Chemical Weathering Reactions on Venus

The experimental studies of chemical weathering reactions on Venus are currently focused on reactions responsible for removing SO2 from the atmosphere of Venus, releasing COS and H2S into the atmosphere of Venus, and for altering iron-bearing minerals such as magnetite, hematite, ilmenite, pyrite, and pyrrhotite. The rates of these reactions are being measured as a function of temperature, oxygen fugacity, and partial pressures of reactive gases by heating well characterized natural minerals and synthetic samples in controlled gas mixtures for known time periods (see figure). The solid reaction products are then examined by scanning electron microscopy, X-ray diffraction, and chemical analysis techniques to identify the new phases and to quantify their abundances. The kinetic data obtained are important for interpreting the results of the Magellan, Galileo Venus flyby, Pioneer Venus, Vega, and Venera spacecraft missions to Venus and the results of the Earth-based observations of the lower atmosphere below the clouds.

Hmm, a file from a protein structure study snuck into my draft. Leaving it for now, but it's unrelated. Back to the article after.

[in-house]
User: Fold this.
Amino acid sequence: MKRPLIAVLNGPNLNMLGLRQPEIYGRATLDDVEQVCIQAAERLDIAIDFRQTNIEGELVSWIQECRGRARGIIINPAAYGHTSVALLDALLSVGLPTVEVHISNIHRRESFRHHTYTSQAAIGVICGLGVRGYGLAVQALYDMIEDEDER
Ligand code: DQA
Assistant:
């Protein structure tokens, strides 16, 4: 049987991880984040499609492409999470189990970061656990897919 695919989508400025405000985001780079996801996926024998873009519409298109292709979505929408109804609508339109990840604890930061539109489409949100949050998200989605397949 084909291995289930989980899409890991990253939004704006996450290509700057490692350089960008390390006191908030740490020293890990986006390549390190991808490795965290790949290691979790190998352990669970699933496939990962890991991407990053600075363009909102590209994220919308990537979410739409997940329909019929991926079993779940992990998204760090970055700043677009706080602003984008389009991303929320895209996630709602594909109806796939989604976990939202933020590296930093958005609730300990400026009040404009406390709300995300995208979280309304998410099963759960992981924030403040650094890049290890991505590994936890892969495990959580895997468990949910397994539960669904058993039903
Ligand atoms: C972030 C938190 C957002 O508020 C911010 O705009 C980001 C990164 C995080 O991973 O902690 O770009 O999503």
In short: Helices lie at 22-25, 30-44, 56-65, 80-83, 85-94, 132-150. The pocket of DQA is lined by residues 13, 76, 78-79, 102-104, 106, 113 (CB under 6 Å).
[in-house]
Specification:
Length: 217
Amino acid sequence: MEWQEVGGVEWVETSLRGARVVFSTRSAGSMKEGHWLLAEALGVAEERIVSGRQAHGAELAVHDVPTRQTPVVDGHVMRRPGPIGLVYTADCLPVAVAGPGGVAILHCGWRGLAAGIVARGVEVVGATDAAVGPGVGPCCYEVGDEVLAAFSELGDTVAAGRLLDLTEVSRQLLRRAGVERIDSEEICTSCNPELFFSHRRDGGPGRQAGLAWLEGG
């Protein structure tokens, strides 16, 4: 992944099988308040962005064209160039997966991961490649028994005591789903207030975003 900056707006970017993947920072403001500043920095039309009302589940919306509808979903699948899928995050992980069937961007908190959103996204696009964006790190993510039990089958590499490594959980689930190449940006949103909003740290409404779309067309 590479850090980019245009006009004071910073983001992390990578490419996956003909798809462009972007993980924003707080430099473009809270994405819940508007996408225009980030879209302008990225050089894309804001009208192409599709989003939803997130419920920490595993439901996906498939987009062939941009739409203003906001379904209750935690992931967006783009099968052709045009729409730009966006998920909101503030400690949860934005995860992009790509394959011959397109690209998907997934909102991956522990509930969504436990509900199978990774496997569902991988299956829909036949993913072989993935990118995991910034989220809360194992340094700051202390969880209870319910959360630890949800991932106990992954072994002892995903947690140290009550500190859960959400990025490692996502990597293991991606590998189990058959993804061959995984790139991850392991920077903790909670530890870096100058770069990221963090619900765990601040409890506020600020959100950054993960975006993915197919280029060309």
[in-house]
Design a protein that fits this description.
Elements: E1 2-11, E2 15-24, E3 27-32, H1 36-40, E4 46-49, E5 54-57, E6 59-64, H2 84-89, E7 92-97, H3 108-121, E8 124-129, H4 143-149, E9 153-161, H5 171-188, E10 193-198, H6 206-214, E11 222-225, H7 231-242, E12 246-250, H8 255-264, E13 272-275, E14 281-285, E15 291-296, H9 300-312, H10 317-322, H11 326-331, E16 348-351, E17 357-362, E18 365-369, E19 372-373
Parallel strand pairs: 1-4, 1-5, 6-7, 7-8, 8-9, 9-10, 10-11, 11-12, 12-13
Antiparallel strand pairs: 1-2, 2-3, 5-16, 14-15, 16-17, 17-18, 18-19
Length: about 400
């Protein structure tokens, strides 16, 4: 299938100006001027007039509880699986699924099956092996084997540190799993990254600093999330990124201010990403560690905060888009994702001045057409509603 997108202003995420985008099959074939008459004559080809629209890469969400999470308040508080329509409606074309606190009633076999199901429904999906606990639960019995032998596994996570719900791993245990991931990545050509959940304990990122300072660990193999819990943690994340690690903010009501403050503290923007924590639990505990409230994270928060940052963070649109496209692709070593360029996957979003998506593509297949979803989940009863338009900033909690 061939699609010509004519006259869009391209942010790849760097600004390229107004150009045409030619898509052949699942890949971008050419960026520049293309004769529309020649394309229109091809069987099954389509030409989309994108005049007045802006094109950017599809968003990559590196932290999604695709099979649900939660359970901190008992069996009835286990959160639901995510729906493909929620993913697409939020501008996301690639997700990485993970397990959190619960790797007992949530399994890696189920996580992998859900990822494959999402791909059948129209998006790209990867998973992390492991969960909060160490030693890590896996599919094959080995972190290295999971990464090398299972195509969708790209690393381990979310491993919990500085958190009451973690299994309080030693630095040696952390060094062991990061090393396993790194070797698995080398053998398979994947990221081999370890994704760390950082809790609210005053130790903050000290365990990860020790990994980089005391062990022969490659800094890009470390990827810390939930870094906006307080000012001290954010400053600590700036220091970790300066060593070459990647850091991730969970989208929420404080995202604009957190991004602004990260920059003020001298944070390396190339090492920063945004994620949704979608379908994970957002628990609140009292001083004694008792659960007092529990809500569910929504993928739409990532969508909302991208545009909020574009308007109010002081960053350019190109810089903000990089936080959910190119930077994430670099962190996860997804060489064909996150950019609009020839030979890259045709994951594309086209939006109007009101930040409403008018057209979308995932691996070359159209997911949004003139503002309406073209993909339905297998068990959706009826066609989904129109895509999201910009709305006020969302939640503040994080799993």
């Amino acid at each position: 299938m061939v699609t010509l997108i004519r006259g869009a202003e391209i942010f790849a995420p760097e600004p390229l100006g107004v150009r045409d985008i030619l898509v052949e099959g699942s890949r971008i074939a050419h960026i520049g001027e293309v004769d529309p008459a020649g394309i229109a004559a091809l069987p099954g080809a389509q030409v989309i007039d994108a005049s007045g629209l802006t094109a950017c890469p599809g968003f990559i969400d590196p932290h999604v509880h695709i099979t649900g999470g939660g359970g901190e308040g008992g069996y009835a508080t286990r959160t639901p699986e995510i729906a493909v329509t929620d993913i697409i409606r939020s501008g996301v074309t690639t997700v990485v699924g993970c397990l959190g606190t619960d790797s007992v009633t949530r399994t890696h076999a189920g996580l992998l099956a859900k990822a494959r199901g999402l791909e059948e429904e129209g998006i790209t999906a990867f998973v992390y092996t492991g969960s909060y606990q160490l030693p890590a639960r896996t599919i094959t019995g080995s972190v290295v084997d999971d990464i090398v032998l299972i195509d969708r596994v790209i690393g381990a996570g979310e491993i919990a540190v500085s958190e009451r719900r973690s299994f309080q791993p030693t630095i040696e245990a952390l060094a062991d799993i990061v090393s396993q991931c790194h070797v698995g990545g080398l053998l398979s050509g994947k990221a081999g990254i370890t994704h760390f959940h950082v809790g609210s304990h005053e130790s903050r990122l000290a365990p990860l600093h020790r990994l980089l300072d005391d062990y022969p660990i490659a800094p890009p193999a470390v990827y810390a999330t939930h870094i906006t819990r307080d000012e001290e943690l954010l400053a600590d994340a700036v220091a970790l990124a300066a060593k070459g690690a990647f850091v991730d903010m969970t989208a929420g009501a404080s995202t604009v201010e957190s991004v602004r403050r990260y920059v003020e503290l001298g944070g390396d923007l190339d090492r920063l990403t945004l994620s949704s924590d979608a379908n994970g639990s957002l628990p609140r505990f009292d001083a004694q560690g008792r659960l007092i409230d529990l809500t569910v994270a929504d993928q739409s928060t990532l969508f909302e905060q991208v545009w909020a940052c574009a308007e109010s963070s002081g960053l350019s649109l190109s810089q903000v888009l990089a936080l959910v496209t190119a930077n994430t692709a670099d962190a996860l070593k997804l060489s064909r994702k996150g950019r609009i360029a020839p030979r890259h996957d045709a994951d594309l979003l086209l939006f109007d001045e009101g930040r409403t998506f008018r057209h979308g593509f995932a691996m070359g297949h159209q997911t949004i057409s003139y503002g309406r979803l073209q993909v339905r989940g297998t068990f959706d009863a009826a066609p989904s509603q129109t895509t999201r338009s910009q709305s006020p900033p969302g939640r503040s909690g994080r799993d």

Basalt before and after experiment under Venus-like conditions.

Click here to see more pictures of chemical weathering reactions.

Gas-Grain Chemistry in the Solar Nebula

The experimental and theoretical studies of solar nebula chemistry are concerned with using chemical and mineralogical observations of primitive meteorites to constrain conditions (pressure, temperature, oxygen fugacity) in the solar nebula at the time when the meteorites and other solid matter were being formed and thermally processed. Both chemical and thermodynamic and chemical kinetic models are used to define these constraints. Recent work has focused on the rates at which gas-grain reactions, such as those responsible for forming troilite (FeS) and magnetite (Fe3O4), for making organic compounds, and for destroying interstellar grains took place in the solar nebula.

Iron sulfide crystals growing on iron metal (top view).

Iron sulfide crystals growing on iron metal (top view).


Cross section of a iron sulfide layer growing on top of iron metal.